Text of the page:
In recognizing Palestinian state, Egypt saw little risk to Israeli ties
One day after Egypt's decision to extend recognition to the newly declared Palestinian state, Yasser Arafat arrived in Cairo to talk with Egyptian leaders on pushing the peace process forward. Egypt's decision to recognize the Palestinian state after failing to do so for five days was linked to Mr. Arafat's planned arrival, according to diplomatic sources. They said that the Palestine Liberation Organization (PLO) chairman was reluctant to come here unless Cairo extended recognition.
The decision also followed intense Arab pressure and Cairo's assessment that its relations with neither Washington nor Jerusalem would suffer seriously as a result.
Egyptian diplomats were reluctant to admit that there had been a policy change and continued to insist that Egypt's initial support for the decision taken by the Palestine National Council (PNC) in Algiers last week went further than recognition.
But diplomatic sources say that after Jordan recognized the Palestinian state, Arab pressures became too powerful for Egypt to resist.
``Cairo was initially misled by the Jordanians,'' said a well-informed diplomatic source. ``Initially the Jordanians did not want to recognize'' the Palestinian state.
When the Jordanians suddenly changed their stand, Egypt appeared isolated.
But Egypt would not have extended recognition had it not concluded that Washington and Jerusalem could ultimately accept the step.
``We needed to assess what the impact would be on the other two parties, Israel and the United States,'' said a Foreign Ministry official.
In a meeting several days ago between Foreign Minister Esmat Abdel Meguid and US Deputy Assistant Secretary of State Ned Walker, the Americans ``did not press'' the Egyptians on the recognition issue, said a Western diplomat.
In Jerusalem, Monitor correspondent George Moffett adds: Israeli officials have reacted sharply to Eygpt's decision to recognize the Palestinian state but appear in no mood to upset relations over the matter.
Eygpt's ambassador to Israel, Mohammed Bassiouny, was summoned to a meeting with Israeli officials late yesterday.
``Egypt has deviated from its Camp David commitments,'' Defense Minister Yitzhak Rabin said afterward of Egypt's action.
(Egypt maintains that Israel buried the Camp David Accords mainly by expanding the West Bank settlements in the period immediately following the peace treaty. But a Foreign Ministry spokesman in Cairo stressed that ``We are still keeping our commitment to peace, whose sources are the peace treaty and the Camp David Accords.'')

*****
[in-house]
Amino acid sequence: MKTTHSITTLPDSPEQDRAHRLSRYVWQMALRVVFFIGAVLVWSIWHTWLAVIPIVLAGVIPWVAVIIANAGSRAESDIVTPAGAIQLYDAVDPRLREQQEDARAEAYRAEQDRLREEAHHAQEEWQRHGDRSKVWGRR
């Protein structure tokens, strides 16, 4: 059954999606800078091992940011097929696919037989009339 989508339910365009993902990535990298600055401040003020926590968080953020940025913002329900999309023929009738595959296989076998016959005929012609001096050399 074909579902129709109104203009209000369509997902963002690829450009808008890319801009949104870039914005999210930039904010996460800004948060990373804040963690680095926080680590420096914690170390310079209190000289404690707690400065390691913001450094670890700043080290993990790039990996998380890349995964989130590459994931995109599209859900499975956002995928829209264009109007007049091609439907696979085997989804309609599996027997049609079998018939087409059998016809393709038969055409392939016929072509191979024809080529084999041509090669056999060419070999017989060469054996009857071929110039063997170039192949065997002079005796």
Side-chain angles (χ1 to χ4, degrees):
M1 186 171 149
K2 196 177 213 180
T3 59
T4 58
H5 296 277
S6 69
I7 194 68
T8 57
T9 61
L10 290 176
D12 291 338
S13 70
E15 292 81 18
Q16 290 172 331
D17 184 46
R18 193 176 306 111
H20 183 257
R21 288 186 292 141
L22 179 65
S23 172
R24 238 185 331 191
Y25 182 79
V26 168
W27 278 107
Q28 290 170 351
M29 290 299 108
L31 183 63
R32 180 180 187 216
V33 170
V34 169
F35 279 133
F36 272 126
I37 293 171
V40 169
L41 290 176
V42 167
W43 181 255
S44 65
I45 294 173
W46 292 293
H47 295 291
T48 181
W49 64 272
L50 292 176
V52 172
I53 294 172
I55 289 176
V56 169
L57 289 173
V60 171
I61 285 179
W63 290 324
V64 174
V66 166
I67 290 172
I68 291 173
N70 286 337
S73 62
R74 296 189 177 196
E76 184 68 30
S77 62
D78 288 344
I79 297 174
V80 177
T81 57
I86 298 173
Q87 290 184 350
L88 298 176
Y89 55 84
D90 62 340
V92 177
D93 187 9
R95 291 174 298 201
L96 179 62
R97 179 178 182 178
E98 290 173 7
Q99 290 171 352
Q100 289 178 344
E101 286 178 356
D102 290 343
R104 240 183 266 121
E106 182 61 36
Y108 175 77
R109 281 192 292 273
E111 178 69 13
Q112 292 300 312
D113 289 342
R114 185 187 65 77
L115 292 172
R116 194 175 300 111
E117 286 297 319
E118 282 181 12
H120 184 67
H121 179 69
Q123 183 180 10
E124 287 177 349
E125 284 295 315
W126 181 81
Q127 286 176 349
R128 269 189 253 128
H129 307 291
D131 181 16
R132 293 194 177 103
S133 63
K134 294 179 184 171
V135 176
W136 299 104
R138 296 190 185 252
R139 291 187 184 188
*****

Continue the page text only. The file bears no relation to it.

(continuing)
Israel's Foreign Ministry will oppose using Egypt's decision as a pretext to hold on to the Red Sea resort of Taba, awarded to Egypt in September by a Geneva arbitration panel, despite threats to do so by right-wing Israeli politicians, a ministry official said. The recall of Israel's ambassador to Egypt over the matter was ``not considered,'' the official added.
In Brussels, meanwhile, the foreign ministers of the European Common Market countries met yesterday to discuss the decisions of the PNC. With the possible exception of Greece, they were not expected to recognize the Palestinian state.
So far 38 mostly Arab and non-aligned countries have recognized the Palestinian state. China did so yesterday. Two, Eygpt and Turkey, also have diplomatic relations with Israel.
Sources in Jerusalem acknowledge that their biggest fear is that even though the PNC failed to recognize Israel - a step long demanded by the US as a precondition to dealing with the PLO - last week's meeting of the Palestine National Council could accelerate the process of integrating the PLO into the negotiating process.
``Over time this could create a certain dynamic of legitimacy,'' says one Israeli official.
Israel will not face a real crisis, they add, until and unless the US also edges towards the PLO, a move that would probably open the door to recognition of the new Palestinian state by most Western countries.